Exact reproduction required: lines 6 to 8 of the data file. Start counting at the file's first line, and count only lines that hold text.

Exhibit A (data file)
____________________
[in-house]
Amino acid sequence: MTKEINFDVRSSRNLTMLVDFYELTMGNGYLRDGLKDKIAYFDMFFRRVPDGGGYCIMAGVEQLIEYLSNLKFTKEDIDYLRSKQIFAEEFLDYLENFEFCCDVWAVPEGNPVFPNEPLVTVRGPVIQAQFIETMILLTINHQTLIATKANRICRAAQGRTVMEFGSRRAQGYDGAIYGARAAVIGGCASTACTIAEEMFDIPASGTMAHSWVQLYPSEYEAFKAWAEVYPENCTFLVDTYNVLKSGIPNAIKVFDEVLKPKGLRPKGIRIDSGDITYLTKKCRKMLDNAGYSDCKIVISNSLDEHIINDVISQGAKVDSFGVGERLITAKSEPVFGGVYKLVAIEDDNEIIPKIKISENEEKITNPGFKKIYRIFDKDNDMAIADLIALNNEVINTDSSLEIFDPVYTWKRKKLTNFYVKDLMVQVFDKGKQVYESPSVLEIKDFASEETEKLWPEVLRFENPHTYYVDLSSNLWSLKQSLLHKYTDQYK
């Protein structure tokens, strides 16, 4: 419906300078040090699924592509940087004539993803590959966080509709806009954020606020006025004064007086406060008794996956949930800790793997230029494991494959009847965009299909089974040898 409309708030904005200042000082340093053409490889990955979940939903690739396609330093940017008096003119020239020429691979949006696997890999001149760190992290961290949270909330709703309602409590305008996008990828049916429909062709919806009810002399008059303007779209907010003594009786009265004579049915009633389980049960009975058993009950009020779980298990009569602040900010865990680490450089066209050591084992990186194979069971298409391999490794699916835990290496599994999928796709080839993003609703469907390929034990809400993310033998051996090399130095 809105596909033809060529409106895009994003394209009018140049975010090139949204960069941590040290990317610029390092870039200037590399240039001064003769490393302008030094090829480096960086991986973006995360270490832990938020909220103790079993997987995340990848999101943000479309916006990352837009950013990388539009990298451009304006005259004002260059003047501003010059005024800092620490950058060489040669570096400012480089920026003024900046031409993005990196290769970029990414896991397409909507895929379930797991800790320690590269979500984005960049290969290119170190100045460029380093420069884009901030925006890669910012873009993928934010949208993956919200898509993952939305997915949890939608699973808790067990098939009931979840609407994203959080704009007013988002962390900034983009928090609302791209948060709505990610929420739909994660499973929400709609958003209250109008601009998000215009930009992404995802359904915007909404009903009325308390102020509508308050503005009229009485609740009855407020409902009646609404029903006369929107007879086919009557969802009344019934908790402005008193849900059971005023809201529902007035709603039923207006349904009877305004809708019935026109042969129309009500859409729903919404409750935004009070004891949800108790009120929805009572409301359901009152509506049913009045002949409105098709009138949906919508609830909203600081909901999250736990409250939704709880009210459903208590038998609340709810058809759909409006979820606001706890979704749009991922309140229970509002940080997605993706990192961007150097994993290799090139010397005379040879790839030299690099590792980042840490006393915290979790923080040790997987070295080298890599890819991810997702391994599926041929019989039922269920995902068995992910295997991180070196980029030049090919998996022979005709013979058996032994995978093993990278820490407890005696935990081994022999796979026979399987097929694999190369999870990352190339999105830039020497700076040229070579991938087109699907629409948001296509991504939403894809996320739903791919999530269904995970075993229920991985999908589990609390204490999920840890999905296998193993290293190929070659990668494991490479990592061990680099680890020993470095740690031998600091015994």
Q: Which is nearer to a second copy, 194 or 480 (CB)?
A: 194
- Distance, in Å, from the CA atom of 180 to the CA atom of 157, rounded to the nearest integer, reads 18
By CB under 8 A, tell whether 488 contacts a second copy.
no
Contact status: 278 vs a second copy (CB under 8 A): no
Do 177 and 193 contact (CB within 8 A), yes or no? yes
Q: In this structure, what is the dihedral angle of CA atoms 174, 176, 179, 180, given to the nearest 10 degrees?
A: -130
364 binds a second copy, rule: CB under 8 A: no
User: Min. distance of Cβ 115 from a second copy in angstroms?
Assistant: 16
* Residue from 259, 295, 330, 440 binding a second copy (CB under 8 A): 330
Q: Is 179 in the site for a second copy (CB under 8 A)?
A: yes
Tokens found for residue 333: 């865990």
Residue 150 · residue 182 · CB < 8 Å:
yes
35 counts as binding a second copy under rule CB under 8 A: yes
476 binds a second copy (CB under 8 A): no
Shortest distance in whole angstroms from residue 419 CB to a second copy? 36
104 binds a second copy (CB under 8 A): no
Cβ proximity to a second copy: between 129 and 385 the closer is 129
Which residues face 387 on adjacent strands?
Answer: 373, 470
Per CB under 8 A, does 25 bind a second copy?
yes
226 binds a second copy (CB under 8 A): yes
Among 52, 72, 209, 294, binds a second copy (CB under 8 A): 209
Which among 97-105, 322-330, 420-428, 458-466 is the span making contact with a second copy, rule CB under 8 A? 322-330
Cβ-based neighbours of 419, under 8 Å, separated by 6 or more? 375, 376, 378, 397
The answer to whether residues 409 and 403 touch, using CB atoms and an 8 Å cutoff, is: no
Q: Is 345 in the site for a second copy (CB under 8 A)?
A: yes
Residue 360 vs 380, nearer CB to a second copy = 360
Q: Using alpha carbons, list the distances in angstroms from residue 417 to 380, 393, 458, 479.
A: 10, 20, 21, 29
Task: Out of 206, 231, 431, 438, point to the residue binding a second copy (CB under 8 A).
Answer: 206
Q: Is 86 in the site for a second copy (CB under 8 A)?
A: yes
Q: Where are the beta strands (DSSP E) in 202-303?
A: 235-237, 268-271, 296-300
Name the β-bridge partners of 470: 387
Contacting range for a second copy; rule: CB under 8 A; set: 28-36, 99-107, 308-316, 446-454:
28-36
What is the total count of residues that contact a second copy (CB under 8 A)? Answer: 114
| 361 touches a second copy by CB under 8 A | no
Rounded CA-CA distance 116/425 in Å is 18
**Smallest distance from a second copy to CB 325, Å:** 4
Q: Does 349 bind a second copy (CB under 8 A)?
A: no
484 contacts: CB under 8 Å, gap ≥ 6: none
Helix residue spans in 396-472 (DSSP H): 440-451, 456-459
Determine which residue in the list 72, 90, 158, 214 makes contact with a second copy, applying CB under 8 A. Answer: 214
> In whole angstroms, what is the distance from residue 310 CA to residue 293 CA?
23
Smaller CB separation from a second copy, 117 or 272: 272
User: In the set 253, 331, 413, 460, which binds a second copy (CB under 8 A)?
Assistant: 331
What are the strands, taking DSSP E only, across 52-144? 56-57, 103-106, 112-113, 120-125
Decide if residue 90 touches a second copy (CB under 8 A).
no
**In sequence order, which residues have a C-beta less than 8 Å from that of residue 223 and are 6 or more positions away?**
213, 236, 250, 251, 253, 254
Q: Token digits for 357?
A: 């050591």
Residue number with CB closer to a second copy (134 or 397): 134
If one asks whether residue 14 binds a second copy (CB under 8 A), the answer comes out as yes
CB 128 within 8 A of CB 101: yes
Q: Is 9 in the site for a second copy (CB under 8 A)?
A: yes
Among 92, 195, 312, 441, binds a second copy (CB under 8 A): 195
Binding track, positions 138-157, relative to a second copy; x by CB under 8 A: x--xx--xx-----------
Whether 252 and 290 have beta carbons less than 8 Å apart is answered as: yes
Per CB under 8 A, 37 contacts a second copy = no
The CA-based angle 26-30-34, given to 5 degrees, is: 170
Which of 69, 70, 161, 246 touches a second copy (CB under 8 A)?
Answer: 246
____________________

- Distance, in Å, from the CA atom of 180 to the CA atom of 157, rounded to the nearest integer, reads 18
By CB under 8 A, tell whether 488 contacts a second copy.
no